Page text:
Sunday, December 21, 2014

Brookies Like Pink

That's fairly well known. I do much better with pink worm flies then red or brown. So today when I went out into the snow to fish a mountain freestone I tied on a pink copper ribbed worm. It worked.

Thank god for Brookies. When it gets cold brown trout often eat less and less often, while Brookies eat the same amount if not more and as usual: almost all the time. The weather today was just a bit warmer them yesterday and it was still cloudy, but the small stream natives were ravenously feeding, at least on little pink worms.

I fished pocket water resulting in only one tiny Brooky. But I knew a pool upstream would be holding a lot of fish. It certainly was, and boy were they willing! I must say this is my favorite time of year for brooky colors, because as the spawning colors are fading into a beautiful pink on the bellies and fins, a soft color that I love to see on a fish that is beautiful all the time anyway. And in streams that lack tannin staining, some fish start to turn somewhat lighter in coloration.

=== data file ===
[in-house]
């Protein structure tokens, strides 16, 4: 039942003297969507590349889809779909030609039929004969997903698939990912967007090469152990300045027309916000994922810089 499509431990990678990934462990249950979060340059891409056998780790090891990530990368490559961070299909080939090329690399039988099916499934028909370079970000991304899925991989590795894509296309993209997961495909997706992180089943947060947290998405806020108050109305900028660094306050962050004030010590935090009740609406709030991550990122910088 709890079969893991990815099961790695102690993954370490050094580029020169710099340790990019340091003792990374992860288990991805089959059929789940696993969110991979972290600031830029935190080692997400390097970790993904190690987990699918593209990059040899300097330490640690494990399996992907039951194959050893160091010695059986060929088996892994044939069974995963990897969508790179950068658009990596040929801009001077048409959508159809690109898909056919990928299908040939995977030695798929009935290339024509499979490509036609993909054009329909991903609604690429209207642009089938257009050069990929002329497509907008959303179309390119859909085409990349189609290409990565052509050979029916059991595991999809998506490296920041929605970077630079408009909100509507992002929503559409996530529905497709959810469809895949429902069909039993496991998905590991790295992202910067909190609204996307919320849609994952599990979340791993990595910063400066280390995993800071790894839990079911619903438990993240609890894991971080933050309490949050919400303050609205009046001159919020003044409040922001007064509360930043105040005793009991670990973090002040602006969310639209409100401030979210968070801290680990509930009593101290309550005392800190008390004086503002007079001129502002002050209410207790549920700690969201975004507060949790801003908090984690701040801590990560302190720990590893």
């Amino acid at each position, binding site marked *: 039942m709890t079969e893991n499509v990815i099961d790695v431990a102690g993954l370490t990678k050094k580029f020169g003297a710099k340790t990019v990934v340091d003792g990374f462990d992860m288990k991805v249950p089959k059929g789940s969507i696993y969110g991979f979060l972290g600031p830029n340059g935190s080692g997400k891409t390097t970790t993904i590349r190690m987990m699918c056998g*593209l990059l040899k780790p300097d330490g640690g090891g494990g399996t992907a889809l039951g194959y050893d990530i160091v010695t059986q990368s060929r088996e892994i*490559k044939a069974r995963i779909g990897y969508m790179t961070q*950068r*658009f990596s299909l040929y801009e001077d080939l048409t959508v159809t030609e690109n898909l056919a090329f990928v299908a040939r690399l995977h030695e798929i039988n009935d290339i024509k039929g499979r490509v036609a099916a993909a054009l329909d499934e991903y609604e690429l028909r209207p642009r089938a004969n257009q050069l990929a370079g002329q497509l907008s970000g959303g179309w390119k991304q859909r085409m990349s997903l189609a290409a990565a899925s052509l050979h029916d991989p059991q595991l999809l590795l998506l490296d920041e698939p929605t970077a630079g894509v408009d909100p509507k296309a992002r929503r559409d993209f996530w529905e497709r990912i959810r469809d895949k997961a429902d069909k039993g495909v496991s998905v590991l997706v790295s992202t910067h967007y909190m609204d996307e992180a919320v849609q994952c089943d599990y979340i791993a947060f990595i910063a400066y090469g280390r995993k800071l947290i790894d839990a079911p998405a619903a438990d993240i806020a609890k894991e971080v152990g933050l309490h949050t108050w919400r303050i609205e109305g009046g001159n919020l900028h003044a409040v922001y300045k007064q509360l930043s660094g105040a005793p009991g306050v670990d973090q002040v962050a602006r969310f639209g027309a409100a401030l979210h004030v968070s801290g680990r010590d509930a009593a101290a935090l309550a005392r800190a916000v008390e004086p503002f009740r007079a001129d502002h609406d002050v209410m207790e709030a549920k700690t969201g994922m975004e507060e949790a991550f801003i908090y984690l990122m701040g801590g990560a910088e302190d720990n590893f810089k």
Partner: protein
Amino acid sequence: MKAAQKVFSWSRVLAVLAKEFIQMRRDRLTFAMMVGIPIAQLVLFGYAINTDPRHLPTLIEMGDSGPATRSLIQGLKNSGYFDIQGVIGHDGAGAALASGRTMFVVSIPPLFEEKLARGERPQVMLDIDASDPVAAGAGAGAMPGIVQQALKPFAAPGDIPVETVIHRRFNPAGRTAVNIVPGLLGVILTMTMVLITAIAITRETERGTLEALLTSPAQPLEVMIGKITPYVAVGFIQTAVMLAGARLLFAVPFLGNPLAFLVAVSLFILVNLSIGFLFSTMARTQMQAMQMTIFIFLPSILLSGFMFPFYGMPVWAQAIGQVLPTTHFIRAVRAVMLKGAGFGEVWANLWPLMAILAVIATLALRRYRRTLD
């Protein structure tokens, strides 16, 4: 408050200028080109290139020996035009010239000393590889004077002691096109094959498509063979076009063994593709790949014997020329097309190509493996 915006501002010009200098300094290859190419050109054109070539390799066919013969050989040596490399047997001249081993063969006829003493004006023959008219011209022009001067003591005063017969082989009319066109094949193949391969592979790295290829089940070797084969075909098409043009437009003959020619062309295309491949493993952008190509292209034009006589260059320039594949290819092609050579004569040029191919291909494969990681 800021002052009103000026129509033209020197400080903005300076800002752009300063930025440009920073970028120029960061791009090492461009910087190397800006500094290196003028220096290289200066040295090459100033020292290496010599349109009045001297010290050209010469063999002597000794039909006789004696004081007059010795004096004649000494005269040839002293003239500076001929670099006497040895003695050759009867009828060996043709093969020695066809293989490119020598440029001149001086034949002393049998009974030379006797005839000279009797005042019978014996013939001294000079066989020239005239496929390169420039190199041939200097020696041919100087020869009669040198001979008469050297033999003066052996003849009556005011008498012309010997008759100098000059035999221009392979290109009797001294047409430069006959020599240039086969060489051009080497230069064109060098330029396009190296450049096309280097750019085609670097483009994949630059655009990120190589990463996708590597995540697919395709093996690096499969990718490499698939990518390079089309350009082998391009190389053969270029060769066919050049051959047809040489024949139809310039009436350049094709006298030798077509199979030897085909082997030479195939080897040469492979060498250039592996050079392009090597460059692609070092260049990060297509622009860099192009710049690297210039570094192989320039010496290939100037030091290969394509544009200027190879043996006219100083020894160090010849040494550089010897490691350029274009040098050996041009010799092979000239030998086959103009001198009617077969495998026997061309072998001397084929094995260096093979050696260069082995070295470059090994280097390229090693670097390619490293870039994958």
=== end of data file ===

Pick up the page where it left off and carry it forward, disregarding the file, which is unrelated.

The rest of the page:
Eventually I put a cast into the head of the pool. I watched as sizable fish materialized and chased down the fly it took but came off in the middle of the pool. Not to worry, this was a wild Brooky, not a picky Brown. He just felt a pain in his lip and been pulled a few feet downstream, but his instincts told him he must eat. So he did. I landed this gorgeous creature after a surprisingly long fight. And the pool was still good for another fish.

Downstream another pool, bellow the cool mist of a waterfall, gave up two amazing fish. the second took four times, starting ten feet away, and finally being hooked three feet in front of me. Amazing.

Experiences like this make up for the drudgery and frustration on trips like yesterdays. I'm so glad I went out today.


  1. Yes, the color is awsume. You had a good catch on a great stream. Thanks for the trip.
    Fish on...

    1. Thank you, I was glad to bring it to you all.